Alert Sign Dear reader, online ads enable us to deliver the journalism you value. Please support us by taking a moment to turn off Adblock on

Alert Sign Dear reader, please upgrade to the latest version of IE to have a better reading experience


The news from Russia

June 20, 2012


NEWS is a subjective thing. It is different from fact. Some news is based on a selection of facts, some on selectively ignoring them.

Disinformation is a different genre. It uses half-truths and plain lies to project what passes for news. Indian journalist Syed Mohamed Kazmi is lodged in Delhi’s Tihar Jail awaiting trial for three unending months because he marshalled sacred facts to present events in Syria.

His accounts of the goings-on also in Iran and Lebanon challenged the dominant western storytelling about the chess moves currently under way there. Kazmi’s enviable contacts in the Persian-Arabic speaking region made him asset and villain in rival camps.

Israel and India contrived an untenable terror story involving a mysterious bomb attack on an Israeli car in Delhi. Kazmi was named as an accused, which effectively silenced him as a reporter at a crucial time on the Middle East chessboard. With the Indian reporter out of the frame the Pilger-Fisk battery is left alone to stand up to the Murdochian onslaught prevailing in Syria and elsewhere.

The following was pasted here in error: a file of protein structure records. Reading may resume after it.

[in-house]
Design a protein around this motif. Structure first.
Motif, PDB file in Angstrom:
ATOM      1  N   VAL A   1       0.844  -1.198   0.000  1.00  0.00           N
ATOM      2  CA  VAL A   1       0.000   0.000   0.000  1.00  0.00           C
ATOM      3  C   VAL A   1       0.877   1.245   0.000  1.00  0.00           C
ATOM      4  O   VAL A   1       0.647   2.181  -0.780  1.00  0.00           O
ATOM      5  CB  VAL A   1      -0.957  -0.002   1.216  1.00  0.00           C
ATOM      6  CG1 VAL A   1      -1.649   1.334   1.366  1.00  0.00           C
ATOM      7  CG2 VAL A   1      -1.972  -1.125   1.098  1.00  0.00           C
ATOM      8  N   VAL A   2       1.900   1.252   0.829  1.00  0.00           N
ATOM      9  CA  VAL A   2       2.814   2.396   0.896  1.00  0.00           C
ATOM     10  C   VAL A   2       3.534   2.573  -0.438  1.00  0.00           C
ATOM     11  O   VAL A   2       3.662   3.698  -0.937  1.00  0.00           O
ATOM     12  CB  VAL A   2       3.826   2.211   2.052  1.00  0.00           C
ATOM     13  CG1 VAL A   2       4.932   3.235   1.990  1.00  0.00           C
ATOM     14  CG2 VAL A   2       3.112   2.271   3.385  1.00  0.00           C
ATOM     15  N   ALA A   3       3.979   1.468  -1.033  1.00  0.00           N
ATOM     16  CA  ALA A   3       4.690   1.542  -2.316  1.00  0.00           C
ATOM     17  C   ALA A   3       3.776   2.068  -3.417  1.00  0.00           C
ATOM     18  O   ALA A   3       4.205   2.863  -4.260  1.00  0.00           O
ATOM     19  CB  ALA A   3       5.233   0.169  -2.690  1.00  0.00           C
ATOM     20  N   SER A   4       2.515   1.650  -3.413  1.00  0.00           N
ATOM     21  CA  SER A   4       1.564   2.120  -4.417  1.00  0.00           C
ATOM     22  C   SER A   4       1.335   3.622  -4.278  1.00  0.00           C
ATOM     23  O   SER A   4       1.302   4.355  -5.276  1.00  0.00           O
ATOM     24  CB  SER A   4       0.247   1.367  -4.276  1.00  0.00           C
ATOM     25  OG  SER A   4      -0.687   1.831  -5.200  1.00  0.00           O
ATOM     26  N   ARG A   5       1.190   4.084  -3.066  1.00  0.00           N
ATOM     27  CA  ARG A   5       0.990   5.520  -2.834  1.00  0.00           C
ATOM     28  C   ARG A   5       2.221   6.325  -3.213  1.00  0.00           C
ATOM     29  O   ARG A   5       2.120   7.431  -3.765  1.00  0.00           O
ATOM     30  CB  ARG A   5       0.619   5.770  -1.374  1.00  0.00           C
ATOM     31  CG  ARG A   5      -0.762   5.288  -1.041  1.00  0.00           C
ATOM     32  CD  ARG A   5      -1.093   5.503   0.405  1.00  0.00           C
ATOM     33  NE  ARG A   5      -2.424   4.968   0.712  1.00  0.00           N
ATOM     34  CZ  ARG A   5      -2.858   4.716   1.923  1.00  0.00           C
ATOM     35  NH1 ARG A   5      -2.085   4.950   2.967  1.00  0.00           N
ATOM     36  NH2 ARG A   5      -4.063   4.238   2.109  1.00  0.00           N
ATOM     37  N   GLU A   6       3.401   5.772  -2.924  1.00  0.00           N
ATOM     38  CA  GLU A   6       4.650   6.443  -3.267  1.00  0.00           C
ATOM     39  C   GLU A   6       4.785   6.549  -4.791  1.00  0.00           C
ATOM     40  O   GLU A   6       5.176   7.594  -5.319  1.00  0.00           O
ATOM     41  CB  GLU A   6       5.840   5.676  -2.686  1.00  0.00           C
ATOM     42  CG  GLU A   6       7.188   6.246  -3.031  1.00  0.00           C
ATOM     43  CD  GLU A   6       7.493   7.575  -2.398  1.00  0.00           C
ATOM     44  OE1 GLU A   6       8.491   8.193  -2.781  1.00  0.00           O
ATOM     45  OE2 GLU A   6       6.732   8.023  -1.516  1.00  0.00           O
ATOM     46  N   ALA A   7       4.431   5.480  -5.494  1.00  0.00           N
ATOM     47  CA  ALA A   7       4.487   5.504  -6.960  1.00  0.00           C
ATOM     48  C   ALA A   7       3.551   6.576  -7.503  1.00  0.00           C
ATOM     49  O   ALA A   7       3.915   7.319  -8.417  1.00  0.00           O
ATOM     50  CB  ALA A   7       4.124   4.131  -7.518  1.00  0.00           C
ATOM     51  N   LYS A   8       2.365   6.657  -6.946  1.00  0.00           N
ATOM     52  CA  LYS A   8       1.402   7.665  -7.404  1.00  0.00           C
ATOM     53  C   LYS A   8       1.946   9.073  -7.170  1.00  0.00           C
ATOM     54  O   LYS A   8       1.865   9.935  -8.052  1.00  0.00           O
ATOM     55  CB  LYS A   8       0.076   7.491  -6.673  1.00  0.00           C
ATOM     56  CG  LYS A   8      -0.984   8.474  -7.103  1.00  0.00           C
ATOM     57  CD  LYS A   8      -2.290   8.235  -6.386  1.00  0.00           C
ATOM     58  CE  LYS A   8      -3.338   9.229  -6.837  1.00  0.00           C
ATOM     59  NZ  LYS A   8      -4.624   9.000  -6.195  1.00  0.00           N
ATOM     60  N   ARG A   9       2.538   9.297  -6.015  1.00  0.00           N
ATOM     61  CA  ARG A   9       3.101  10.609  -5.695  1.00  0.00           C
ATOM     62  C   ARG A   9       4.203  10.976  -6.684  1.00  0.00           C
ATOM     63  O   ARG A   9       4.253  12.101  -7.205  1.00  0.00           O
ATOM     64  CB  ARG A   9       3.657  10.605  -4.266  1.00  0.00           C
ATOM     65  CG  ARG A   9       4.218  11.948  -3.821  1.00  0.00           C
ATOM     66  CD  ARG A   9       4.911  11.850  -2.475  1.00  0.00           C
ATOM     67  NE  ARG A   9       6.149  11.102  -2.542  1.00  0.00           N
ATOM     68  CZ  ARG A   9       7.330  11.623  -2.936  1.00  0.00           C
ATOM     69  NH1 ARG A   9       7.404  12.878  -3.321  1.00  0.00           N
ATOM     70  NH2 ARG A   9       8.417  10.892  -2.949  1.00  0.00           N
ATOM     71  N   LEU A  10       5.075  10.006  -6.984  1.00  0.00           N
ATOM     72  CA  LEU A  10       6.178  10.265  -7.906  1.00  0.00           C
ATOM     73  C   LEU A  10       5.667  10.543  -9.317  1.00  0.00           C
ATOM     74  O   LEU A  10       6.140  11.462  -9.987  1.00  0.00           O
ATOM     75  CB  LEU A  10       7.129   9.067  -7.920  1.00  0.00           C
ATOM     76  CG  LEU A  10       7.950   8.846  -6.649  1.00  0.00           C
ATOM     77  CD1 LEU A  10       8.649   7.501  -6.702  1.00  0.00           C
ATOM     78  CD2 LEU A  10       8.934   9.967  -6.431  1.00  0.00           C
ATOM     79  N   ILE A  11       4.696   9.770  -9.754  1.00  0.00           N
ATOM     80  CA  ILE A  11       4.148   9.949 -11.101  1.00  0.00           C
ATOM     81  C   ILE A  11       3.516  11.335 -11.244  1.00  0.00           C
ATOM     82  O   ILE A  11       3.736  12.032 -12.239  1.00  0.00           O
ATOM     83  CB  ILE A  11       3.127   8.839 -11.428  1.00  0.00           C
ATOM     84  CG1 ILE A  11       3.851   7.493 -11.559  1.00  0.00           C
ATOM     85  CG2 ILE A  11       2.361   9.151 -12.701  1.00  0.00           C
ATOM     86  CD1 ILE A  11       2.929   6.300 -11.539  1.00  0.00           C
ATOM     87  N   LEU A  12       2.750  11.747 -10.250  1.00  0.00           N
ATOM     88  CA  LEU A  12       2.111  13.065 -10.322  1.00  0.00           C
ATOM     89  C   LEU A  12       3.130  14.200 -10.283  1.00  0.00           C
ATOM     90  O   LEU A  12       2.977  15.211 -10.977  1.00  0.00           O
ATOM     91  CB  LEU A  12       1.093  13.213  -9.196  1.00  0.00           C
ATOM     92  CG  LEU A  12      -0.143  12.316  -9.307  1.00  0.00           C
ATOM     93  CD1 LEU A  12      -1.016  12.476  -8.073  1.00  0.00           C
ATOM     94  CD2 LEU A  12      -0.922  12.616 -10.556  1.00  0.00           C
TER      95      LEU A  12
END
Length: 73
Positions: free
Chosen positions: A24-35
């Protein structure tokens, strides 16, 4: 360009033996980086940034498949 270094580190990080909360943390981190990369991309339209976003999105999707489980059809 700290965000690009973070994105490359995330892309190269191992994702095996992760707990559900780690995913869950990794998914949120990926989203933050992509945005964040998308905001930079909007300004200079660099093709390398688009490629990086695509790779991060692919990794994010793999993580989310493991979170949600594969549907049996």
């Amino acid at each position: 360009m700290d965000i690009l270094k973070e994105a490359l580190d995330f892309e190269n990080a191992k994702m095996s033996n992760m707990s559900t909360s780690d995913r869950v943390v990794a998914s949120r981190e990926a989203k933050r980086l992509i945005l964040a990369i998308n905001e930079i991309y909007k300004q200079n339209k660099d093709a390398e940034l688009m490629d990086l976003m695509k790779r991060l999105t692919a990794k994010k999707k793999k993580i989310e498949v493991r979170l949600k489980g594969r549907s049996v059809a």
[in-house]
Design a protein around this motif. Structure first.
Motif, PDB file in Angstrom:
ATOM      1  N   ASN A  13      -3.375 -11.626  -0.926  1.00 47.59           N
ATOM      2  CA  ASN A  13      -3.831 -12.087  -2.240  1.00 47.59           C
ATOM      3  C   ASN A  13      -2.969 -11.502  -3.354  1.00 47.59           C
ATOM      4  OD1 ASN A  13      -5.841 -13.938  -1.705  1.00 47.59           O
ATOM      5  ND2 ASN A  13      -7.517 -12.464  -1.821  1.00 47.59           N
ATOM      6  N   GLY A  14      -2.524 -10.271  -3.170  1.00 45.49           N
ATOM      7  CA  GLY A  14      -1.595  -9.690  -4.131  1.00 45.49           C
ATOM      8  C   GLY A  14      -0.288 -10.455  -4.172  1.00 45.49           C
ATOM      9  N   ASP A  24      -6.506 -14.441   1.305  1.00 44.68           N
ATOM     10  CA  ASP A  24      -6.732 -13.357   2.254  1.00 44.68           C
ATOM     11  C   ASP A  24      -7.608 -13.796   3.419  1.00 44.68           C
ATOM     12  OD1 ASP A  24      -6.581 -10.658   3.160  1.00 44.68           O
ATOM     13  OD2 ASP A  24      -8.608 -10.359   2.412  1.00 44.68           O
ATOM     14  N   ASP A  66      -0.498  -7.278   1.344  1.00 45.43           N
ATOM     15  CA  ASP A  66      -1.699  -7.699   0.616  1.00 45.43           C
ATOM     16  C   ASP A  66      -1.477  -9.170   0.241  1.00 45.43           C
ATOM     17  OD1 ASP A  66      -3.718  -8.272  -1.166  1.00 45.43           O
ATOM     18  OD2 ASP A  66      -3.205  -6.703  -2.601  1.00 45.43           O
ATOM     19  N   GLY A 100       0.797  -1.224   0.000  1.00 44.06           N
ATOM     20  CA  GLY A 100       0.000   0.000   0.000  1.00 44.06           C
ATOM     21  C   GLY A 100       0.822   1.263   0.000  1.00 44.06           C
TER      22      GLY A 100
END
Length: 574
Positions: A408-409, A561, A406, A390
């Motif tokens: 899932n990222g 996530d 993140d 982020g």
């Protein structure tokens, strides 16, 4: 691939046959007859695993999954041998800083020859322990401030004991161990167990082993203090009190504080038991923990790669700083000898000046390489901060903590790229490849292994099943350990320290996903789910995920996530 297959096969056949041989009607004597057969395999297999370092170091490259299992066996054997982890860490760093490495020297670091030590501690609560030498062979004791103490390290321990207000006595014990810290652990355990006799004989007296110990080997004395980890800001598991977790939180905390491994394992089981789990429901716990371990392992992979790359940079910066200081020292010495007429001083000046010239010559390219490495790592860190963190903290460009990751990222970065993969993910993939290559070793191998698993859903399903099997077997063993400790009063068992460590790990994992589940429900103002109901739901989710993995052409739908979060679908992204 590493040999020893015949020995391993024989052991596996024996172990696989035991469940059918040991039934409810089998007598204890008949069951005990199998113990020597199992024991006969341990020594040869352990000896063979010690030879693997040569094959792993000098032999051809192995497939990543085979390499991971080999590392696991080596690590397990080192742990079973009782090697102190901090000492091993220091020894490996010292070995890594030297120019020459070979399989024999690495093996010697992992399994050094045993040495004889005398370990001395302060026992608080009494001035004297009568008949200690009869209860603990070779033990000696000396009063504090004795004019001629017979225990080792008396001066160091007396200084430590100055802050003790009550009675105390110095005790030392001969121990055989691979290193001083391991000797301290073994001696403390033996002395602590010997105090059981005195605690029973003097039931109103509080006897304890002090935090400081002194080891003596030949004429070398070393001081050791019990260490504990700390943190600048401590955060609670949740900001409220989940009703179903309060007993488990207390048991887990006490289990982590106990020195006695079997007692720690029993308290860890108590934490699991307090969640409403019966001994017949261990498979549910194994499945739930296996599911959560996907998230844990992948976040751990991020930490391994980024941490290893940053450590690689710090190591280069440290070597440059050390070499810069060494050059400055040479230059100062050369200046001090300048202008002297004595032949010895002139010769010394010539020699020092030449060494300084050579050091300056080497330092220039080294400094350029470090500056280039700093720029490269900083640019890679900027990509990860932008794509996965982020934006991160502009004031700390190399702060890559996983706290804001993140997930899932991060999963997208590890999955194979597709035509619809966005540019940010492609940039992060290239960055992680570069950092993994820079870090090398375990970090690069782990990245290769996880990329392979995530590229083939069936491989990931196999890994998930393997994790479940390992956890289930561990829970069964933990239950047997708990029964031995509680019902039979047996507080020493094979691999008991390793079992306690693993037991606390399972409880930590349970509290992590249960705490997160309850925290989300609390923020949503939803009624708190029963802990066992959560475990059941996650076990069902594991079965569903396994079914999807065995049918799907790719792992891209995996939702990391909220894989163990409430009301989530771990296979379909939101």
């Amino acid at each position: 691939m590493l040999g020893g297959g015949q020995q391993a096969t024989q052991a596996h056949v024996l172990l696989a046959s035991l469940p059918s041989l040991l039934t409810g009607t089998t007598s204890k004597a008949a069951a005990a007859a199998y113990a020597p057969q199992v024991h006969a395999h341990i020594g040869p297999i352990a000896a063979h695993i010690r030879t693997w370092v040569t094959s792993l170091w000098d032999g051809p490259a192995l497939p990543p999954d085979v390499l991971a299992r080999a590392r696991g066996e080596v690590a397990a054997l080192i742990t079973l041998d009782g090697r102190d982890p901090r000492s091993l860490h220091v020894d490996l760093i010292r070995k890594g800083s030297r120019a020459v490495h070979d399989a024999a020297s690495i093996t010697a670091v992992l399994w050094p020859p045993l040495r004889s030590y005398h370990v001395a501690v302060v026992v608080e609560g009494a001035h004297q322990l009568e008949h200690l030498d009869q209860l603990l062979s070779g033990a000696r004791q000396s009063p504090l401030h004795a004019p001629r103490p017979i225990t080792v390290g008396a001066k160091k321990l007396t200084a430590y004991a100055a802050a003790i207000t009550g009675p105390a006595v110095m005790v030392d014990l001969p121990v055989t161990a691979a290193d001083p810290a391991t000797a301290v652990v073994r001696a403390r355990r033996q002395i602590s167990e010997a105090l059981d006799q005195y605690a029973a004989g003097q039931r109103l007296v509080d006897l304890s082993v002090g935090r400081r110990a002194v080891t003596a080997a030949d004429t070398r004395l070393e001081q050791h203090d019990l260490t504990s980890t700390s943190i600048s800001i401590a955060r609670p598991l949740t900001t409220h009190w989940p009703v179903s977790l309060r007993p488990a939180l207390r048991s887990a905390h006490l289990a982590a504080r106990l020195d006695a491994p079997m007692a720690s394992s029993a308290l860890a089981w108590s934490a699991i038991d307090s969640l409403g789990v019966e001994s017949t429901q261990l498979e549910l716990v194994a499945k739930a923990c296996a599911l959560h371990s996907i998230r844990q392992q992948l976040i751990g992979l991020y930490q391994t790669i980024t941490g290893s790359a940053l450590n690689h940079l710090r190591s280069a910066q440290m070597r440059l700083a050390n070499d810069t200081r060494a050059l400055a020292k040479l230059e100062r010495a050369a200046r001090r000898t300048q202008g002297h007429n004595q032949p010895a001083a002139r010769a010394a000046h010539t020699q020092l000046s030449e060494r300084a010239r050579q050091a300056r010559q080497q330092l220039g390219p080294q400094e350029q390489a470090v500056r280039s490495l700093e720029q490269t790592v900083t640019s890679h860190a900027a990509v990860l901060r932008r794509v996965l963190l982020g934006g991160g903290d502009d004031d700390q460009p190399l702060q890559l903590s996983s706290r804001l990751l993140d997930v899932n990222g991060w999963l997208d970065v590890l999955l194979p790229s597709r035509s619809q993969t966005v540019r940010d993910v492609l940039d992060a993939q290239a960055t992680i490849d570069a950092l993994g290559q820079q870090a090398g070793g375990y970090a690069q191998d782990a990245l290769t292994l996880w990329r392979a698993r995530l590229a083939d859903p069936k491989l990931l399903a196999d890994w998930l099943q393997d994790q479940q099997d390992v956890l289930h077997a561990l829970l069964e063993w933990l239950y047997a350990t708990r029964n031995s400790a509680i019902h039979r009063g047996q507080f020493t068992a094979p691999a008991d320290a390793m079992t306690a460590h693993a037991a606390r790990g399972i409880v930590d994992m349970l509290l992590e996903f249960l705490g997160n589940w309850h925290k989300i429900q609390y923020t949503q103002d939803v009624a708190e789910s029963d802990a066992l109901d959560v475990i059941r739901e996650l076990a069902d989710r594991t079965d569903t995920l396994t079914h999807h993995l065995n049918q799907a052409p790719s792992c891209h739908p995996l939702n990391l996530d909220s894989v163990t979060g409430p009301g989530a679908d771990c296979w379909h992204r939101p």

Because news is a subjective thing, Kazmi would be a hero in Russia just as he is something of a villain for Israel and its votaries in India. It is the season of white nights over St Petersburg when the sun hardly gets to go down before it bobs up again.

The Russians are not losing any sleep though — not over the prolonged daylight hours, and not over the political mess the world is wading through. On the contrary, Moscow has taken a surprisingly assertive stand on Syria.

Not that it has not stood up recently on other key issues, namely, Iran, the Nato-led anti-missile defence shield proposed in Europe and over President Vladimir Putin’s recent re-election itself, which the West resented.

It may not be a coincidence that I am thinking of Kazmi in Moscow. His version of events in Syria tallies with the Russian account of the facts from the volatile region.

For a South Asian readership-viewership that is heavily dependent on the BBC-CNN-Fox News-vended information or western wire agencies to glean global events on a regular basis the Russian slant or for that matter the Chinese view of the world almost doesn’t exist.

This is how Russian Foreign Minister Sergei Lavrov may have got to take the unusual step to spell out his perspective on Syria in a 3,000-word piece he wrote in The Huffington Post.

Most other foreign ministers would call a simple news conference if they had to clarify a policy matter. But Mr Lavrov perhaps knows that news is a subjective thing and not all journalists, including the most professional ones, would successfully decode much less purvey the nuanced arguments of high-stake diplomacy.

The media has alerted us about Russian warships heading for Syria. That’s an important aspect of the story no doubt. But the cogent narrative of the issue would remain elusive without some important points Mr Lavrov made.